About this book:
They call me a slut. Maybe I am.
Sometimes I do things I despise.
Sometimes men take without asking.
But I have a musical gift, only a year left of high school, and a plan.
With one obstacle.
Emeric Marceaux doesn’t just take.
He seizes my will power and bangs it like a dark note.
When he commands me to play, I want to give him everything.
I kneel for his punishments, tremble for his touch, and risk it all for our stolen moments.
He’s my obsession, my master, my music.
And my teacher.
Release Date: 6th April, 2016.
What I think?
Oh this book was good alright.
Wanna know the last teacher/student romance that I’d read? The Unrequited by Saffron A. Kent last year around this time, and then promptly never reviewed- which sucks for me because I love this trope.
Yes. It has been just that long since I’ve read this sub-genre. You think that’s too long? Well hell babe, I think so too! Because there was legit a time there when I used to only read this genre because seriously #IWantAHotTeacher.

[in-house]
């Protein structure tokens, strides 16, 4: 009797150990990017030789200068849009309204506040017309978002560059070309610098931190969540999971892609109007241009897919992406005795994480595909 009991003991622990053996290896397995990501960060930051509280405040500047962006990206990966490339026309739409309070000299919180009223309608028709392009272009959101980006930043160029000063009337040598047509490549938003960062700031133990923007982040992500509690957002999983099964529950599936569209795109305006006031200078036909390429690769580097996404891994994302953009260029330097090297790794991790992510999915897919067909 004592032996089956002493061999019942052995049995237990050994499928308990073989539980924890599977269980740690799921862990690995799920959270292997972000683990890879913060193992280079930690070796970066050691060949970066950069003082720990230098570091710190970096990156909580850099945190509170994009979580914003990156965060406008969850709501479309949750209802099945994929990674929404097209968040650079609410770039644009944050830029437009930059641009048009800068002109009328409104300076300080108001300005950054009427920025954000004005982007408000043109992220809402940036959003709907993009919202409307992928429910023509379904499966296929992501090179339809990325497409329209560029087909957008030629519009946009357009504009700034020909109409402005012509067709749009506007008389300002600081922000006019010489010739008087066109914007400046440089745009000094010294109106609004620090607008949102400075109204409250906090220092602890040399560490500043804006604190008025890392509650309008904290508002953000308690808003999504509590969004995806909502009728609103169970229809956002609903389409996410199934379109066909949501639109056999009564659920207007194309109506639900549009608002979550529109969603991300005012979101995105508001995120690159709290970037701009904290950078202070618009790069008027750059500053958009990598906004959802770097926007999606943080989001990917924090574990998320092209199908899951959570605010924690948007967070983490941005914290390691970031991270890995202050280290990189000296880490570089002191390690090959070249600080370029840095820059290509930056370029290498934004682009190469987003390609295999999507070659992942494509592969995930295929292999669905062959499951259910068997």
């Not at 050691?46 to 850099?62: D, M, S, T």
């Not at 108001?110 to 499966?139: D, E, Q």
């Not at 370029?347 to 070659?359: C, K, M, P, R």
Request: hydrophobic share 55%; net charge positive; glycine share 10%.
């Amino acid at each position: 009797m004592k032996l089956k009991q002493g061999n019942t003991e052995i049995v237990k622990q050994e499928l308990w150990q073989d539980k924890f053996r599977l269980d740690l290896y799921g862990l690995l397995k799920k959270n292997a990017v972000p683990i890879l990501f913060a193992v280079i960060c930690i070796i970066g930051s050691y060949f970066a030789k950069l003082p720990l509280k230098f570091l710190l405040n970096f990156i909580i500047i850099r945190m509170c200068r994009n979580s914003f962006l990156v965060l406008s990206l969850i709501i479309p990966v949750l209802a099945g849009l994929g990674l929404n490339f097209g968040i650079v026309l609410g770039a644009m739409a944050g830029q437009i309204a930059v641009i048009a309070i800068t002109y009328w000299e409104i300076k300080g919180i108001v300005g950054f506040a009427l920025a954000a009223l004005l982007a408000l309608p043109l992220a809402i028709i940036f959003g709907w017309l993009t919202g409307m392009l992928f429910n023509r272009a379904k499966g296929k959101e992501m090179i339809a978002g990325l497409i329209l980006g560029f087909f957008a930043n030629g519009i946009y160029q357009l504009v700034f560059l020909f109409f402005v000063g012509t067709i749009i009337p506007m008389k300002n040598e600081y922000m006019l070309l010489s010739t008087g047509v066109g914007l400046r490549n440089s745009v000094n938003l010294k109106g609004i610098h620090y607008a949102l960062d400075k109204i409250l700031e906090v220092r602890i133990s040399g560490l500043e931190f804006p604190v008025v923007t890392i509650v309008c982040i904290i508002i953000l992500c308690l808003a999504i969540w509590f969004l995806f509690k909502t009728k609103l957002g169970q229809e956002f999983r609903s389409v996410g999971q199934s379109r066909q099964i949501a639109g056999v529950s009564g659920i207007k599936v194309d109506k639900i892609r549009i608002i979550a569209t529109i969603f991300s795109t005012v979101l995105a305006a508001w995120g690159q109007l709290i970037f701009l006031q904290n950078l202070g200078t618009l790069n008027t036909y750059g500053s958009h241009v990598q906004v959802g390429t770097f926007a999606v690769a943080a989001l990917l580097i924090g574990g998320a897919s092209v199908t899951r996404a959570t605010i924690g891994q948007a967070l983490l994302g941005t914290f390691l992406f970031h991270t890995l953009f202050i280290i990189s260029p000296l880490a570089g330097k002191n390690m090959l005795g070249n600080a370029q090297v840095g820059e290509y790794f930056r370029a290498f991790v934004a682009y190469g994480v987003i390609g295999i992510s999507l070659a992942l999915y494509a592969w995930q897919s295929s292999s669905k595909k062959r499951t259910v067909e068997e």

Which got me thinking, why do we crave this trope so much, since in a real life the male teacher would be burned at the stake instead of being put on an altar of wet panties. Now before I delve into this review, I’d like to talk a little about whys of that—
1. We’re romance readers, meaning we’re already looking to fill our hearts with strong knights in shining white armor, or if you’re like me, then with bad bad men with dirty dirty mouths.
2. There’s a reason we want that.
3. Taboo is hot- what you’re mother or church says is immaterial to your fantasies.
4. We’ve all had a too-hot-to-be-a-teacher teacher whom we crushed on. I might probably be the only exception to that, but my friend convinces me that it’s true for everyone, so I’ll just believe her on that.
5. We want to feel like we pursued that taboo relationship, because real life is boring af.